Education

Overview

The survival of California employers in the global economy depends upon the state’s ability to maintain a high-quality education system that adequately prepares all students to compete in the workforce. Without this, a growing number of employers will be forced to recruit qualified workers from outside of the state, which can be quite expensive given California’s high cost of living. Some employers may eventually choose to relocate or expand into other markets rather than take on this added expense. Others may simply see their profit margins shrink.

The quality of the state’s education system also is critical for individual Californians, who require access to steady work that pays decent wages to support their families. Increasingly, these jobs require some level of postsecondary education or training. According to a 2012 report issued by the Institute for the Study of Societal Issues at the University of California, Berkeley (UC Berkeley Report), lack of educational attainment continues to be strongly correlated with unemployment, poverty and incarceration rates. A report by the Public Policy Institute of California (PPIC) from September 2014 similarly highlighted the link between educational attainment and unemployment, and noted that individual income also is affected. Individuals with even some college earn an average of 20% to 30% more than their peers with only a high school diploma, and as education increases, so does an individual’s earning capacity. According to the UC Berkeley Report, individuals with a bachelor’s degree or higher spend an average of four fewer years in poverty than those who complete only high school, earn an average of $1.34 million more over their lifetimes, reduce the expected number of years they will require state aid by more than two years, and reduce their chances of incarceration to nearly zero. Education

Goals

  • Foster greater business involvement to improve both teacher and student performance and administrative accountability in schools throughout California.

Major Victories

  • Supported creation of pilot program in 2014 allowing certain community colleges to offer a bachelor’s degree in a subject related to an unmet workforce need (SB 850).
  • Backed legislation in 2014 promoting computer science education (AB 1764, SB 1200, AB 1539).
  • Backed proposal signed into law in 2013 improving the associate degree for transfer pathway for students (SB 440).
  • Helped improve alignment in 2012 in the state’s workforce needs and education resources (SB 1402).
  • Supported bills signed into law in 2012 that provide support services to students on the front end of their educational experience, as well as strengthen and focus California career technical education programs (SB 1456, SB 1070).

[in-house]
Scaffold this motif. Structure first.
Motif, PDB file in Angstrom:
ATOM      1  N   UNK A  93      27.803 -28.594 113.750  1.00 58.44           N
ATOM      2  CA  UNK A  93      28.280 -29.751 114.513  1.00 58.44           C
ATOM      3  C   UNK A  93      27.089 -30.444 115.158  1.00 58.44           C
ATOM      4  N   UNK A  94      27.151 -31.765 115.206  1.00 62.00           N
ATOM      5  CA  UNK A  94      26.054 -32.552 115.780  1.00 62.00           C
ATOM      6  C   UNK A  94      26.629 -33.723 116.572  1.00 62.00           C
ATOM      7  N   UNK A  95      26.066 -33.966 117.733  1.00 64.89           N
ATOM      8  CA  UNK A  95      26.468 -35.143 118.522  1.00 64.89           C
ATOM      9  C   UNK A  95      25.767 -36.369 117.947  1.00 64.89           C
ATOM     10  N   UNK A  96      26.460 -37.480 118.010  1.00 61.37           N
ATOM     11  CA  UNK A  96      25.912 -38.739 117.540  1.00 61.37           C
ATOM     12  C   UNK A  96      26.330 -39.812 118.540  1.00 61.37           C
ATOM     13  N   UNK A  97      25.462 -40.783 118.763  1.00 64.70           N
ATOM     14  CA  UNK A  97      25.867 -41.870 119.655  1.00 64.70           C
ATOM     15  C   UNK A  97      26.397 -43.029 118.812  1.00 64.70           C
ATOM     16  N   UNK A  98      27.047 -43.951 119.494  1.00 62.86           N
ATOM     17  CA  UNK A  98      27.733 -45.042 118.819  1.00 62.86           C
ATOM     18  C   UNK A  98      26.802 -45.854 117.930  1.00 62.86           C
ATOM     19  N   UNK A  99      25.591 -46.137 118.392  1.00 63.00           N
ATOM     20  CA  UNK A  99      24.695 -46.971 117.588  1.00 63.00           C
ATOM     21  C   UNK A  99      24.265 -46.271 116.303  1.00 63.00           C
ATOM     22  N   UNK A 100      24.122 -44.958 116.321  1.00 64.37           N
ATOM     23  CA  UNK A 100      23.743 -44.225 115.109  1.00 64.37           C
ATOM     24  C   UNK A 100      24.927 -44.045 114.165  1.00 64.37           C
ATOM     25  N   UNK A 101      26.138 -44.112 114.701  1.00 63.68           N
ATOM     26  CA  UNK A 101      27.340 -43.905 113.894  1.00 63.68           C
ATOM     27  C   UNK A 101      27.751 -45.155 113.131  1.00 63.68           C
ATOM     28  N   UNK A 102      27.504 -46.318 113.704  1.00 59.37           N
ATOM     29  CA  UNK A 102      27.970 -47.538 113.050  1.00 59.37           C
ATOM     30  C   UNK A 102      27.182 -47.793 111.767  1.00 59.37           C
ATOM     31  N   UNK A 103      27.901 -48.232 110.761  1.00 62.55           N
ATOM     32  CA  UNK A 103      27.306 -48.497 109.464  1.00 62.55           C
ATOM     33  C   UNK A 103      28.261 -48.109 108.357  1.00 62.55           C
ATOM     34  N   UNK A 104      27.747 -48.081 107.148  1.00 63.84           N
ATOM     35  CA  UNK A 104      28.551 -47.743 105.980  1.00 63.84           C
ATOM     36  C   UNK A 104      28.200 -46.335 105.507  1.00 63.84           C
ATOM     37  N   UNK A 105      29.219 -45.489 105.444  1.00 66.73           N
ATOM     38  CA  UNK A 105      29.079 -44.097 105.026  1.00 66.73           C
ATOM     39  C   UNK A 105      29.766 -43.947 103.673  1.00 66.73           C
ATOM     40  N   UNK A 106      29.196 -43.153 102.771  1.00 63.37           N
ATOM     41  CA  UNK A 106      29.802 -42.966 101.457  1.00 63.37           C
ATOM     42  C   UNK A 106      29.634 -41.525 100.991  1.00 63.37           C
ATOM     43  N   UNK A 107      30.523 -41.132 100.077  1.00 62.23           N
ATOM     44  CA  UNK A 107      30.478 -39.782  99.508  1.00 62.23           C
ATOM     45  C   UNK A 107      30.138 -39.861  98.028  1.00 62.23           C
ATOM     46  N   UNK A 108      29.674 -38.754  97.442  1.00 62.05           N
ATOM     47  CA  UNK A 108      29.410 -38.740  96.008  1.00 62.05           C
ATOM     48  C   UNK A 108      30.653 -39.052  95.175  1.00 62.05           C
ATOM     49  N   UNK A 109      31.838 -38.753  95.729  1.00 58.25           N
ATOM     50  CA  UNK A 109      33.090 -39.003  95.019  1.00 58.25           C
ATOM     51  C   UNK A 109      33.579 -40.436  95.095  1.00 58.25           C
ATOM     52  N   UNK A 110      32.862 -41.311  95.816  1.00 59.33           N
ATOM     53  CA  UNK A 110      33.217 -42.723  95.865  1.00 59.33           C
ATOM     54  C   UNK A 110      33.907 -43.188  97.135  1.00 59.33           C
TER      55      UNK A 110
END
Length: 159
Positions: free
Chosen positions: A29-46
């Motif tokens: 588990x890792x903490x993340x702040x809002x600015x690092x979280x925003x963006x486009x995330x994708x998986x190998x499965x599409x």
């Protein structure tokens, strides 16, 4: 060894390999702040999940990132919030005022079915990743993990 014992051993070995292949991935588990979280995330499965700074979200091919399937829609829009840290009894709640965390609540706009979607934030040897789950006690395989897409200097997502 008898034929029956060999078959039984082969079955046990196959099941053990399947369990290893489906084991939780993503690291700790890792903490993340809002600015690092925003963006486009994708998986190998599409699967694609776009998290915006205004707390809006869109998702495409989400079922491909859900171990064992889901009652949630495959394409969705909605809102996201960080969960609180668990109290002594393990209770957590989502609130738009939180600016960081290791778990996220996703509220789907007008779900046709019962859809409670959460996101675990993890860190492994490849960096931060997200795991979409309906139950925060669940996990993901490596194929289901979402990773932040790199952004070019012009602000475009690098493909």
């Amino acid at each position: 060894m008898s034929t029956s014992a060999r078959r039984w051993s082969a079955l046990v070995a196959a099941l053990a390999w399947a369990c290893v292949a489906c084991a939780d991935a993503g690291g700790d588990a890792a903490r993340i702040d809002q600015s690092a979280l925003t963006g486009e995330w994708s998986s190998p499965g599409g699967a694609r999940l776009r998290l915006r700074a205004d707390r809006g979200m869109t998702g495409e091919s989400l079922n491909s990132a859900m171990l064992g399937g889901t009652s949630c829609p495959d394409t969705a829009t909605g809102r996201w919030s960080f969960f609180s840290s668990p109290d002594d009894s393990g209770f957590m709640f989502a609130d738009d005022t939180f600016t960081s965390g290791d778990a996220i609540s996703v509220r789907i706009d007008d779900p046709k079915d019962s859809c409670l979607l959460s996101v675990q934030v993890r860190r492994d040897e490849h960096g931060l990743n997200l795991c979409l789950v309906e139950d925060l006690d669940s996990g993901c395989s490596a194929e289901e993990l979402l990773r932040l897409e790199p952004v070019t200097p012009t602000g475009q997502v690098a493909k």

• Supported High-Quality Curriculum and Instruction. Backed 2011 legislation that will increase high school graduation rates, improve the college and workplace readiness of those graduates and train teachers to better prepare California’s students to compete in a global economy by emphasizing education programs that provide students with real-world experience and rigorous coursework to help them engage and excel (SB 611, SB 612).
  • Promoted Student Preparation for Workplace. Advocated passage of legislation in 2010 that will help increase the number of students who go on to obtain a four-year degree by requiring California Community Colleges to offer an associate’s degree for transfer (SB 1440); and bills putting California in the best position to meet requirements for federal grants for education (SBX5 4, SBX5 1).
  • Supported Rigorous Education Standards. Joined former Governor Arnold Schwarzenegger and other business organizations in arguing in favor of the Algebra I test requirement for eighth graders, the highest mathematics education standard in the nation. Adoption of the standard by the state education board in 2008 will maintain the state’s competitiveness and appeal to world-class businesses with high-wage jobs.
  • Protected hard-won measures to ensure schools are held accountable for student achievement in a court case upholding the high school exit exam and by securing the veto of legislation that would have undermined the effectiveness of the exam by lowering state student proficiency standards (AB 2975).

Position

The California Chamber of Commerce seeks to ensure that all students graduate from high school adequately prepared to enter the workforce or continue their education without the need for remediation. All students should be exposed to high-quality courses related to science, technology, engineering, and mathematics throughout their education, and be taught to develop critical thinking and analytical skills. More high school graduates should be prepared to continue their education by earning a certificate, associate or bachelor’s degree, and postsecondary education should be affordable and attainable within a reasonable period of time.

Issue Summary

Vergara, et al. v. State of California et al.
Teacher Tenure Case Shakes Up State Public School System
Position: The California Chamber of Commerce supports efforts to evaluate and compensate teachers based on their ability to improve student achievement, and to protect high-quality teachers from seniority-based layoffs and transfers. The CalChamber also supports investments in teacher training and professional development, particularly when it relates to implementation of the Common Core or the fields of science, technology, engineering and mathematics.
Vergara et al. v. State of California (Teachure Tenure)

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Mira GuertinMira Morton
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Education, Health Care


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